Now, finally, we have the big one here, quite literally. The Emperor's Goove Fury is is the expected Super-Heavy Company, with three big, bad tanks and a single Enginseer. Allowing you to take everything from Baneblades to Stormswords, the special rules here are really the bit where this shines. Along with Dedicated Servants allowing for the Enginseer to add +2 to any repair rolls on vehicles, you also have Devastating Bombardment, which forces any enemy unit hit by three primary weapons from these tanks tale a Leadership test on 4D6 to avoid going to ground. Oh, and thanks to their sheer dominating presence, any enemy unit getting within "12 of these moves as if they're going through difficult terrain. It's expensive to be sure, and could do with being toned down, but in all honesty this seems to be a more durable, heavy hitting alternative to the Guardsman blob we started with. You can hit hard, take shots, pin down enemy units and slows opposing forces so they can get picked off. Not bad all in all, though good luck fielding these.

So, what's next past the formations? The Cadian Detachment special rules. In order to try and give a little variety to the Ultramarines of the Imperial Guard, we have a little in the way of new rules and details to make them into the grim faced professional troops the planet is populated with. To keep this short, a lot of details come down to command bonuses, with +12" order range, better order reception among troops, and better lasgun accuracy. There's not much else to this, but do you know what they've done wrong? This is emulating the wrong army.

I was going to save this point for the third part - and yes, there will be three - but the Cadians here aren't acting like Cadians. Their rules, details and even basic factors aren't accounting for their versatility and flexibility on the battlefield, basically boiling down to highly disciplined troops following orders without question and sticking to massed infantry attacks. Yeah, if you don't know them, this sounds a hell of a lot like a lesser known army called the Mordian Iron Guard. Along with the Praetorians, they're one of two factions sadly all too often forgotten these days and were best known for the very aspects you just read, basally sticking to borderline Napoleonic tactics when it comes to warfare. Hell, even the psyker aspect here seems to be reflecting them, due to their high regard for psychic choirs and a famous battle they were involved in.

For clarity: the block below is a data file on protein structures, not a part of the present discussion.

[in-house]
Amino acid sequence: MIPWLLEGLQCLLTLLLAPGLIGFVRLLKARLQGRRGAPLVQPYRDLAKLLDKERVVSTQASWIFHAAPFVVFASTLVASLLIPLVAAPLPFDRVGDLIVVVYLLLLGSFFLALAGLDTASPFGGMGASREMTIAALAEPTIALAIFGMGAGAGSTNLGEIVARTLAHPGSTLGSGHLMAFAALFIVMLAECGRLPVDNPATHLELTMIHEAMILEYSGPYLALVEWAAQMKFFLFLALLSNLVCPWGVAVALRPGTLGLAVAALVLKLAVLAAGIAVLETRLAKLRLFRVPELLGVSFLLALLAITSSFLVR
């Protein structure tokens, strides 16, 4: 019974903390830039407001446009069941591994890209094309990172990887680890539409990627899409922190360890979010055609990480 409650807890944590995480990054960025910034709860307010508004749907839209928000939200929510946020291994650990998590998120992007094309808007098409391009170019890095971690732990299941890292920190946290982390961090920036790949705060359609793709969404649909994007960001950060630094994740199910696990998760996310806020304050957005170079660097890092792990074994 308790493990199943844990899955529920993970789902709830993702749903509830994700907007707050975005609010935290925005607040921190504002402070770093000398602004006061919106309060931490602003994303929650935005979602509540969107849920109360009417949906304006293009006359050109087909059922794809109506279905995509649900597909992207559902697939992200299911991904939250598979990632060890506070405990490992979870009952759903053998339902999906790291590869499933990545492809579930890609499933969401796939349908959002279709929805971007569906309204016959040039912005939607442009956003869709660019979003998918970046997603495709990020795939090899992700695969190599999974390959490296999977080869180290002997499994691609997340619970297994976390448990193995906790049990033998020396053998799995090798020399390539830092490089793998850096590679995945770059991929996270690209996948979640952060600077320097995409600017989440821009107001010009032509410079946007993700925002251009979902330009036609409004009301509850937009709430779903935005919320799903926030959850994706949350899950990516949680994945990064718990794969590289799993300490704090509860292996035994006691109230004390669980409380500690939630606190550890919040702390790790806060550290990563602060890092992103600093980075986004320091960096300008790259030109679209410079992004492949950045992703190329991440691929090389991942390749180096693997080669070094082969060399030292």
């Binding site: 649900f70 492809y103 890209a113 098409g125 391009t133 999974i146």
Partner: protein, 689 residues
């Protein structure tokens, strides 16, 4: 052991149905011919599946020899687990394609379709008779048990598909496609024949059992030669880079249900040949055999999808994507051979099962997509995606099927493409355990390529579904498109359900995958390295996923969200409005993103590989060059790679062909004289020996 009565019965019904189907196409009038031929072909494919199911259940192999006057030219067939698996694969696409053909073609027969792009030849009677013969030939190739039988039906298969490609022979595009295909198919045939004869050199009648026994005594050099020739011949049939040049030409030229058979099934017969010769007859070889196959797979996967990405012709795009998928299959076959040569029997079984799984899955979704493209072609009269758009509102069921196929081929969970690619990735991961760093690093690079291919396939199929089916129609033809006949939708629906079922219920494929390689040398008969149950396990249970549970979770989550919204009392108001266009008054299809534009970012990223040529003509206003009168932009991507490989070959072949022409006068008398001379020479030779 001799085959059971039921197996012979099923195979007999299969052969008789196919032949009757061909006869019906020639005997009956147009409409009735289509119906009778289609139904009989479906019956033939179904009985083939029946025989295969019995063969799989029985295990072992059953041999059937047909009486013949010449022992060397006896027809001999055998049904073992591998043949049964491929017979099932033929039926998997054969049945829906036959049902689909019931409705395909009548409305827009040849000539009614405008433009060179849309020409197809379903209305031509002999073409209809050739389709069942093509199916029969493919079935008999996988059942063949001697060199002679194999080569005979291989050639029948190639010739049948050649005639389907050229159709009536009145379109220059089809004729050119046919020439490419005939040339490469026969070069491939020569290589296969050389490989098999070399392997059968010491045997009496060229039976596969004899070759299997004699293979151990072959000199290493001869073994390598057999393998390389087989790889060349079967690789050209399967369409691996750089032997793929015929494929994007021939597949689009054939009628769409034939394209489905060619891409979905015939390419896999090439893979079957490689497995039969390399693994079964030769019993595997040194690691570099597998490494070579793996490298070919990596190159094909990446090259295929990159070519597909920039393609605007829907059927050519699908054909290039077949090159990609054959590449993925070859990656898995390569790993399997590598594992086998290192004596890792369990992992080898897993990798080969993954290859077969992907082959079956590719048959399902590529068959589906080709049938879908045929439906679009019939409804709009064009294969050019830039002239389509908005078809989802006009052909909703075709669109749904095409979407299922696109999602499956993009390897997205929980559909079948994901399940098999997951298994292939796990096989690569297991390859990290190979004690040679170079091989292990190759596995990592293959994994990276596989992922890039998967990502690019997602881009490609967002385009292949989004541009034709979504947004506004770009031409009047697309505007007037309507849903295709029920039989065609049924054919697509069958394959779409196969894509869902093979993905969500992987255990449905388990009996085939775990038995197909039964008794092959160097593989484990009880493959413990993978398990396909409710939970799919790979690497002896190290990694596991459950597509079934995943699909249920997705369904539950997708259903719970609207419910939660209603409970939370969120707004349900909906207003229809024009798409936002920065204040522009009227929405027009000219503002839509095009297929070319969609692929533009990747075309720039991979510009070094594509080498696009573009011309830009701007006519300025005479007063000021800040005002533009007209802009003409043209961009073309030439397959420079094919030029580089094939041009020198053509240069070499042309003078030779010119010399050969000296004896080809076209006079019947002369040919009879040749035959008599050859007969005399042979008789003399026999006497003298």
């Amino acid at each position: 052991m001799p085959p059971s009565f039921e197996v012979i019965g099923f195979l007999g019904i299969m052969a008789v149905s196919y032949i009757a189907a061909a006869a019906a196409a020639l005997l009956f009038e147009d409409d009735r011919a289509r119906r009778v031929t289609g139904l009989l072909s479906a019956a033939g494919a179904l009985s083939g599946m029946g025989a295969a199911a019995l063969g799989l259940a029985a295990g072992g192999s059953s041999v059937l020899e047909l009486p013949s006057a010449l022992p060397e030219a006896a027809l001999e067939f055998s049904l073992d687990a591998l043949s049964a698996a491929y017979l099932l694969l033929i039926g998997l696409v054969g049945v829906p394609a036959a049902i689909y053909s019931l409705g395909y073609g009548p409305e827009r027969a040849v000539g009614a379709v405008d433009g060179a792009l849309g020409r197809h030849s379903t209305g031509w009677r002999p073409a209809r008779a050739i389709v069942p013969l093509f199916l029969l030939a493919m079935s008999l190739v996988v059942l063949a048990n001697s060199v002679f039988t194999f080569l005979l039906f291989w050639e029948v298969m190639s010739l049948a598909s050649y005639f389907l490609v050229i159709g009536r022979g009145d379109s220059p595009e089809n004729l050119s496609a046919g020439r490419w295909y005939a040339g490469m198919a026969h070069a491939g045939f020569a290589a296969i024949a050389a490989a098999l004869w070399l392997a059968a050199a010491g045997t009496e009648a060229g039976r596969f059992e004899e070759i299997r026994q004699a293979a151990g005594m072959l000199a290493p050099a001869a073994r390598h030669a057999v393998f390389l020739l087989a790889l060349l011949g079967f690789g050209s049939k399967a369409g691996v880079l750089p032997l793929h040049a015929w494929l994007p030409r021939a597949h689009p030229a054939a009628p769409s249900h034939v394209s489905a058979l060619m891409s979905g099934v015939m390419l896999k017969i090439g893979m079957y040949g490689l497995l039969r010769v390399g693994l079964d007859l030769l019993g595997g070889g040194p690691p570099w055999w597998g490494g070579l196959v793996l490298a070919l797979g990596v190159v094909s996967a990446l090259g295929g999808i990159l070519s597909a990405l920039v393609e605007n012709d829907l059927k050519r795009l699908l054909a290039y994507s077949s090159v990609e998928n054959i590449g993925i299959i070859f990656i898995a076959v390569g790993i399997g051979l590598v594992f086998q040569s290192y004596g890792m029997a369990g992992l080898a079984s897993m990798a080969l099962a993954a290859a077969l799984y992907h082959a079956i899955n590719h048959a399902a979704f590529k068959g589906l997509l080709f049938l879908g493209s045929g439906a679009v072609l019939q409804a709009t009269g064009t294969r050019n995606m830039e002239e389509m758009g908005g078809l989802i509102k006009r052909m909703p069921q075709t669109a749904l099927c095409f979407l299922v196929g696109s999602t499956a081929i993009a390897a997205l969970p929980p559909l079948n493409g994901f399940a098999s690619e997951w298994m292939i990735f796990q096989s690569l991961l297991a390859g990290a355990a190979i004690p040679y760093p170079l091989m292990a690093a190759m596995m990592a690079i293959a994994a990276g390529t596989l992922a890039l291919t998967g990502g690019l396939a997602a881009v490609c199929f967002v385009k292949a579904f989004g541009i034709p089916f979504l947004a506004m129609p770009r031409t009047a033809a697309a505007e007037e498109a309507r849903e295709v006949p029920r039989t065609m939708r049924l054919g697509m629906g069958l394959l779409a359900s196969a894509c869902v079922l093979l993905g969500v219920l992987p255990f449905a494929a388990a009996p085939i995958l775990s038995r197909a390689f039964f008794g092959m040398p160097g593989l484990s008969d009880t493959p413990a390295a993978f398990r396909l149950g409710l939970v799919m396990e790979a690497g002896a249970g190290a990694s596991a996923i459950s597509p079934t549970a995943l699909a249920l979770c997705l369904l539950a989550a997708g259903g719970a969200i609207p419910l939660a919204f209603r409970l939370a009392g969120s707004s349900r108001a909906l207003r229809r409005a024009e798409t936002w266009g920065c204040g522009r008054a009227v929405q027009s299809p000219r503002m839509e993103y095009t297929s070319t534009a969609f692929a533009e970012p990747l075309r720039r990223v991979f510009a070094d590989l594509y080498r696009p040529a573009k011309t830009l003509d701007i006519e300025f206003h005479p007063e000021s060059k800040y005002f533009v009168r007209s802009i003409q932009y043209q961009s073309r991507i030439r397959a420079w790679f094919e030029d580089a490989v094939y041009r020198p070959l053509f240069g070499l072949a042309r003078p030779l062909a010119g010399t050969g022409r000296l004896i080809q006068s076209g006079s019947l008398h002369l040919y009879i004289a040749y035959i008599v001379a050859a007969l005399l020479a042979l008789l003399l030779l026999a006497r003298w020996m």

Even the lore behind the very wargear the Cadians stroll about with seems to have been taken from others, with their fabled legendary chainsword being a hand-me-down from the Ultramarines. Still, we've done the lore, it's just this bit really is irksome. That and, well, most of what we get isn't all that interesting. It's not all the usual mix as we do have a few more solid melee weapons this time, but it's mostly stuff we've seen before. Honestly, it's saying something when the most original thing here is that one melee weapon offers an Invulnerable save. Well, okay, that's not entirely fair, there are a couple here and there. The Standard of the Lost 113th is an odd one, as the unit carrying it can choose not to move for the rest of the game but offers Fearless to any ally withing 18", but that's not all THAT useful. The only really notable one here is that the Kabe's Herald (Leman Russ upgrade) offers a few bonuses as a command tank. Offering a few Tank Orders rules, it means you can use "Gunners, Kill on Sight!" to offer tank squadrons the Split Fire ability.

On the whole, there are most definitely some interesting and good ideas here, but there's not THAT much overall. Most of the formations on hand here you're either going to skip thanks to their impracticality in terms of sheer scale or thanks to simply not offering enough in the way of bonuses. While personally I can appreciate the effort not to go absolutely ballistic and pull yet another Strength D weapons on everything stunt we've seen all too often, they could have pushed things a little further. As a result, rather than a generally down to earth but viable list, we end up with something which is unwieldy, a little too overpriced while being underpowered, and doesn't really help the Guard face down current Edition threats.

The only other Imperial bit here, and probably worthy of its own sub-category, is the Imperial Assassins. Effectively the revamped rules for this Edition are a tweaked version of the last, altered and messed around with in order for them to take up a few pages here. In all honesty, given there was nothing really wrong with the effectiveness of any assassin on the tabletop, this really just feels like padding more than anything else. Oh, they certainly got a little more powerful and a few more special rules, but there wasn't even a big tweak or major step forwards which really helps to justify their inclusion here. Okay, there is one, which is the inclusion of an Execution Force formation, mixing together one of each variant of assassin. The problem is that someone really dropped the ball here, as rather than getting some fun unit combos, there's just a minor mention of some bonus which can give an extra Victory point if they kill one declared enemy unit before the game concludes. Really, that's about it sadly, and it makes their inclusion extremely superfluous. Oh, the individual aren't bad, not by a long shot, but it's hard to shake the question of just why this is actually in the book.

Of course, the failings here might have been acceptable and something you could just shrug off were it not for the opposing army. Oh boy did someone love the opposing army to death in this book...

Tau Empire Formations & Rules